Wrongful Convictions 2

Wrongful Convictions 2 - Crime & Delinquency...

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http://cad.sagepub.com Crime & Delinquency DOI: 10.1177/0011128706286554 2007; 53; 436 Crime Delinquency Robert J. Ramsey and James Frank and the Extent of System Errors Professionals Regarding the Frequency of Wrongful Conviction Wrongful Conviction: Perceptions of Criminal Justice http://cad.sagepub.com/cgi/content/abstract/53/3/436 The online version of this article can be found at: Published by: http://www.sagepublications.com can be found at: Crime & Delinquency Additional services and information for http://cad.sagepub.com/cgi/alerts Email Alerts: http://cad.sagepub.com/subscriptions Subscriptions: http://www.sagepub.com/journalsReprints.nav Reprints: http://www.sagepub.com/journalsPermissions.nav Permissions: http://cad.sagepub.com/cgi/content/refs/53/3/436 Citations at GRAND VALLEY STATE UNIV LIB on June 4, 2010 http://cad.sagepub.com Downloaded from
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436 Wrongful Conviction Perceptions of Criminal Justice Professionals Regarding the Frequency of Wrongful Conviction and the Extent of System Errors Robert J. Ramsey Indiana University East, Richmond James Frank University of Cincinnati, OH Drawing on a sample of 798 Ohio criminal justice professionals (police, prose- cutors, defense attorneys, judges), the authors examine respondents’perceptions regarding the frequency of system errors (i.e., professional error and misconduct suggested by previous research to be associated with wrongful conviction), and wrongful felony conviction. Results indicate that respondents perceive system errors to occur more than infrequently but less than moderately frequent. Respondents also perceive that wrongful felony conviction occurs in their own jurisdictions in .5% to 1% of all felony cases, and in the United States in 1% to 3% of all felony cases. Respondents, however, specify an acceptable rate of wrongful conviction to be less than .5%. Findings thus indicate that criminal jus- tice professionals perceive an unacceptable frequency of wrongful conviction and associated system errors and suggest that programs aimed at reducing sys- tem errors and improving professional conduct would be broadly accepted among criminal justice professionals. Keywords: wrongful conviction; system error; frequency; criminal justice system T he wrongful conviction of innocent defendants in the United States is a continuing concern among criminal justice professionals and policy mak- ers. Attention to this problem has come from the highest levels of govern- ment. Former prosecutor and now U.S. Senator Patrick Leahy stated, Crime & Delinquency Volume 53 Number 3 July 2007 436-470 © 2007 Sage Publications 10.1177/0011128706286554 http://cad.sagepub.com hosted at http://online.sagepub.com at GRAND VALLEY STATE UNIV LIB on June 4, 2010 http://cad.sagepub.com Downloaded from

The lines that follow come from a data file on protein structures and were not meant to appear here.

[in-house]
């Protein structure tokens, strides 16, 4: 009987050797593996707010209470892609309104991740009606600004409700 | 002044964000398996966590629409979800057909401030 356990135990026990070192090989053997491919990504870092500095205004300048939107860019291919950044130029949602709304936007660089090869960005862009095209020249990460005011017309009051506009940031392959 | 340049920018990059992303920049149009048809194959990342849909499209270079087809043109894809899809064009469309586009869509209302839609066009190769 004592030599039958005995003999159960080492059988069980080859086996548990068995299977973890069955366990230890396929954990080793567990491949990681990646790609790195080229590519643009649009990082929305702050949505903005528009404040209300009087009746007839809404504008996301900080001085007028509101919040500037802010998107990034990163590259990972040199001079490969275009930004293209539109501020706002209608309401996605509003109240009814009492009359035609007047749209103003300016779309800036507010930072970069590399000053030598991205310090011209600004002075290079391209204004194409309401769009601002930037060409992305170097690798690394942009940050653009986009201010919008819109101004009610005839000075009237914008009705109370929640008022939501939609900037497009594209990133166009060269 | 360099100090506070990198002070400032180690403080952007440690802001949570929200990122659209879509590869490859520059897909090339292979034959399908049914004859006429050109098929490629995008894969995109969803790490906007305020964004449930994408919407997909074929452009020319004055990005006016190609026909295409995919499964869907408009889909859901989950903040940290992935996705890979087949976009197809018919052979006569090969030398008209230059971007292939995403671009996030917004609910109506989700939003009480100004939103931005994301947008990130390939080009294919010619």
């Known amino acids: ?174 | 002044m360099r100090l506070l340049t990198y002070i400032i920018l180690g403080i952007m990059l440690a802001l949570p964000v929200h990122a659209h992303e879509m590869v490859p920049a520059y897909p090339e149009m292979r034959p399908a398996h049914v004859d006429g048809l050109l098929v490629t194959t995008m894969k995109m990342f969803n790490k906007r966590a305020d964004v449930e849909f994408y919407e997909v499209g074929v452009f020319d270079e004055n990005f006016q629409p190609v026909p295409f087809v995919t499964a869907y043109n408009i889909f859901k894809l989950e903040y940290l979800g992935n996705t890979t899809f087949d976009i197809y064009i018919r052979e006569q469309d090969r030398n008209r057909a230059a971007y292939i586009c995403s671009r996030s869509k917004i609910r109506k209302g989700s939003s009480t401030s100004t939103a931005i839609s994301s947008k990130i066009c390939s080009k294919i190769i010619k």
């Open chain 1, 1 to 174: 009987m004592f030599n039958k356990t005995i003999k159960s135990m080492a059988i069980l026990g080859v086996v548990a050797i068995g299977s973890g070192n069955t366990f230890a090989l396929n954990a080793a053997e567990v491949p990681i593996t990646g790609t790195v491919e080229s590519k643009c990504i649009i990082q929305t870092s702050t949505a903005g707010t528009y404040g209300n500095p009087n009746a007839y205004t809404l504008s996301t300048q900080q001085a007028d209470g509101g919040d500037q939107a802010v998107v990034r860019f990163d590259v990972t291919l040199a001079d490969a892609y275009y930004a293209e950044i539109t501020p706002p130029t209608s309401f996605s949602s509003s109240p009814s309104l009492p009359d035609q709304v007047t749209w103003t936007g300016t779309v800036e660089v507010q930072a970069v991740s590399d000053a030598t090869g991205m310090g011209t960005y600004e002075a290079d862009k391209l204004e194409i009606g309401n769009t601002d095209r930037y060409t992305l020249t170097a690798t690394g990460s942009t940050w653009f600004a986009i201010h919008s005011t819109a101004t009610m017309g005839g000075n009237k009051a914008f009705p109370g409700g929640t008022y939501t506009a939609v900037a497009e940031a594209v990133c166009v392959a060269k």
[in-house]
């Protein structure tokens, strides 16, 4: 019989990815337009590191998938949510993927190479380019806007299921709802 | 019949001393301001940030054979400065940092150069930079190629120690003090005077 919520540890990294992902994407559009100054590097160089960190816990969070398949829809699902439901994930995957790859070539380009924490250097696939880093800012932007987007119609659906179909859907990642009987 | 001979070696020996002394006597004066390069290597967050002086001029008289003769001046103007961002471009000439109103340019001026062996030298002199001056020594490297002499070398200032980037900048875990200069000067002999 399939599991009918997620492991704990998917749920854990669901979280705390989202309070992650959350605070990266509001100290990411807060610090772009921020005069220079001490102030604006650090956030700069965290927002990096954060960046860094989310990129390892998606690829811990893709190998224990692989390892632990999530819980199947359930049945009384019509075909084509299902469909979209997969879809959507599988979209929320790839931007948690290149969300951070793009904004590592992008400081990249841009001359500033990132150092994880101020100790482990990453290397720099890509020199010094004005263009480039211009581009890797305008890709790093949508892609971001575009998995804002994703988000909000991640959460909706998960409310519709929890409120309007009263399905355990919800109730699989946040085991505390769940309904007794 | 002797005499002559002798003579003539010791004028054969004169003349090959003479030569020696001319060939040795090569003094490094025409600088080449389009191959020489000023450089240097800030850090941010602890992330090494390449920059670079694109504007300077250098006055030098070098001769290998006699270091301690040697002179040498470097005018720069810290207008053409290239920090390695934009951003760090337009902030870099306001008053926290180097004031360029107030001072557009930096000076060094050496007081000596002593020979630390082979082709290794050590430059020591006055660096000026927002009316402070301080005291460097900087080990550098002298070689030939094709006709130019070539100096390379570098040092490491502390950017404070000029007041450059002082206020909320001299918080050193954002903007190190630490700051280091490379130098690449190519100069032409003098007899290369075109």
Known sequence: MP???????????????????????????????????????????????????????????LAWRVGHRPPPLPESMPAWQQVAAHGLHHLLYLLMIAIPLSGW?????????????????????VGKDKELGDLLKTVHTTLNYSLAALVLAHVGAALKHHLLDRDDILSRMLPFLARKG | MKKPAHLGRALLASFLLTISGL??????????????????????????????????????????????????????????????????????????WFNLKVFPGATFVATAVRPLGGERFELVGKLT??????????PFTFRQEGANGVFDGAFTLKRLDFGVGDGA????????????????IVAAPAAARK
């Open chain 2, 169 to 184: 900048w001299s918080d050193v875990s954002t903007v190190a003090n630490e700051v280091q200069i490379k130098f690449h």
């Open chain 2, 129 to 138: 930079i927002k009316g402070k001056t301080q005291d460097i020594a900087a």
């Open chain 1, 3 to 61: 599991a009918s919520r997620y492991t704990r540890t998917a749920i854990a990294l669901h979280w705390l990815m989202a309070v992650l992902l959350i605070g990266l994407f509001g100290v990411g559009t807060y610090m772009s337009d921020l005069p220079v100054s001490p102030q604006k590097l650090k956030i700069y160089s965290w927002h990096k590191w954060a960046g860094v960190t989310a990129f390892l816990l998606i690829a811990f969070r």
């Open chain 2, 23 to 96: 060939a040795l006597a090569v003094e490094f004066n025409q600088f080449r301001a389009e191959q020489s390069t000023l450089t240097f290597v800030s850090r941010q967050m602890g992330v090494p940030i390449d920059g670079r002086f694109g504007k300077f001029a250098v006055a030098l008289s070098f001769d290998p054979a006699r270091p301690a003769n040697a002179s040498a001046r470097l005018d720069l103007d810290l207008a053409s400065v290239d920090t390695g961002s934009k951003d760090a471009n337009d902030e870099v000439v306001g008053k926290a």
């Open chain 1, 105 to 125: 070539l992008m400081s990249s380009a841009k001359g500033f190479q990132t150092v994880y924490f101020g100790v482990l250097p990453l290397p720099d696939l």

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Ramsey, Frank / Wrongful Conviction 437 These mistakes carry a high personal and social price. They undermine the public’s confidence in our judicial system, they produce unbearable anguish for innocent people and their families and for the victims of these crimes, and they compromise public safety because for every wrongly convicted person, there is a real criminal who may still be roaming the streets (Leahy, 2003).
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Wrongful Convictions 2 - Crime & Delinquency...

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